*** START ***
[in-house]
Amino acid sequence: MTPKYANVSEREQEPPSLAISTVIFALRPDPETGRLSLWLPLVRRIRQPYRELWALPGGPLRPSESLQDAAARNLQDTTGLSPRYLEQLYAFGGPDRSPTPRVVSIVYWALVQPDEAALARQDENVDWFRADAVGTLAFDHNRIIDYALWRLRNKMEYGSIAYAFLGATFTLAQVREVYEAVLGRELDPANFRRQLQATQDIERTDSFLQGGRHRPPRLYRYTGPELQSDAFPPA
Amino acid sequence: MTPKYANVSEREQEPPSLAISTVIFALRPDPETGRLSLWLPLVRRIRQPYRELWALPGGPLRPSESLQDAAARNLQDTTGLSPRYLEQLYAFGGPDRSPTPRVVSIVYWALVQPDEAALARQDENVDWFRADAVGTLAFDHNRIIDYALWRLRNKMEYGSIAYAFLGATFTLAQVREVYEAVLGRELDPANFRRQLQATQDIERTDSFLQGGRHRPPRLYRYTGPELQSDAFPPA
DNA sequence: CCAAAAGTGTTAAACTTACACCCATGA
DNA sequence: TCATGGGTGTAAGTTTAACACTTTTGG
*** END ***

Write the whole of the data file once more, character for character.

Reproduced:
[in-house]
Amino acid sequence: MTPKYANVSEREQEPPSLAISTVIFALRPDPETGRLSLWLPLVRRIRQPYRELWALPGGPLRPSESLQDAAARNLQDTTGLSPRYLEQLYAFGGPDRSPTPRVVSIVYWALVQPDEAALARQDENVDWFRADAVGTLAFDHNRIIDYALWRLRNKMEYGSIAYAFLGATFTLAQVREVYEAVLGRELDPANFRRQLQATQDIERTDSFLQGGRHRPPRLYRYTGPELQSDAFPPA
Amino acid sequence: MTPKYANVSEREQEPPSLAISTVIFALRPDPETGRLSLWLPLVRRIRQPYRELWALPGGPLRPSESLQDAAARNLQDTTGLSPRYLEQLYAFGGPDRSPTPRVVSIVYWALVQPDEAALARQDENVDWFRADAVGTLAFDHNRIIDYALWRLRNKMEYGSIAYAFLGATFTLAQVREVYEAVLGRELDPANFRRQLQATQDIERTDSFLQGGRHRPPRLYRYTGPELQSDAFPPA
DNA sequence: CCAAAAGTGTTAAACTTACACCCATGA
DNA sequence: TCATGGGTGTAAGTTTAACACTTTTGG